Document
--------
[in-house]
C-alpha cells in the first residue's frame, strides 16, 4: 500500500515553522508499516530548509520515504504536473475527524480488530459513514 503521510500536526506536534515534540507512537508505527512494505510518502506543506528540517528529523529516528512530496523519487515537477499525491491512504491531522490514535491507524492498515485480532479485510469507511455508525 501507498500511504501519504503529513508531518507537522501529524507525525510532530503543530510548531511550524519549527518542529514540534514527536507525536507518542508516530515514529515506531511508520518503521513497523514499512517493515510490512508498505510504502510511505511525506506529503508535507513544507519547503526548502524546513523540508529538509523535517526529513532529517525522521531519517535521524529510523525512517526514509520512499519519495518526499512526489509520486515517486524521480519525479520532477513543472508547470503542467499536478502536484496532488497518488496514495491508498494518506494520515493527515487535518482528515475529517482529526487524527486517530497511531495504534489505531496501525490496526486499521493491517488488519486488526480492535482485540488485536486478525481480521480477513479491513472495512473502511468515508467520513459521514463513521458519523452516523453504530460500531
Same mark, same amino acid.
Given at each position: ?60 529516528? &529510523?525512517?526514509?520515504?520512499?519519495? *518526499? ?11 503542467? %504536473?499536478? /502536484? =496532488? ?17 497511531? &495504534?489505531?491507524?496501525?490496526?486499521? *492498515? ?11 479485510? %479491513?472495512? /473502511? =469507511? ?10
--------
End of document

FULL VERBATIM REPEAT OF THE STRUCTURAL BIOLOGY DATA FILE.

[in-house]
C-alpha cells in the first residue's frame, strides 16, 4: 500500500515553522508499516530548509520515504504536473475527524480488530459513514 503521510500536526506536534515534540507512537508505527512494505510518502506543506528540517528529523529516528512530496523519487515537477499525491491512504491531522490514535491507524492498515485480532479485510469507511455508525 501507498500511504501519504503529513508531518507537522501529524507525525510532530503543530510548531511550524519549527518542529514540534514527536507525536507518542508516530515514529515506531511508520518503521513497523514499512517493515510490512508498505510504502510511505511525506506529503508535507513544507519547503526548502524546513523540508529538509523535517526529513532529517525522521531519517535521524529510523525512517526514509520512499519519495518526499512526489509520486515517486524521480519525479520532477513543472508547470503542467499536478502536484496532488497518488496514495491508498494518506494520515493527515487535518482528515475529517482529526487524527486517530497511531495504534489505531496501525490496526486499521493491517488488519486488526480492535482485540488485536486478525481480521480477513479491513472495512473502511468515508467520513459521514463513521458519523452516523453504530460500531
Same mark, same amino acid.
Given at each position: ?60 529516528? &529510523?525512517?526514509?520515504?520512499?519519495? *518526499? ?11 503542467? %504536473?499536478? /502536484? =496532488? ?17 497511531? &495504534?489505531?491507524?496501525?490496526?486499521? *492498515? ?11 479485510? %479491513?472495512? /473502511? =469507511? ?10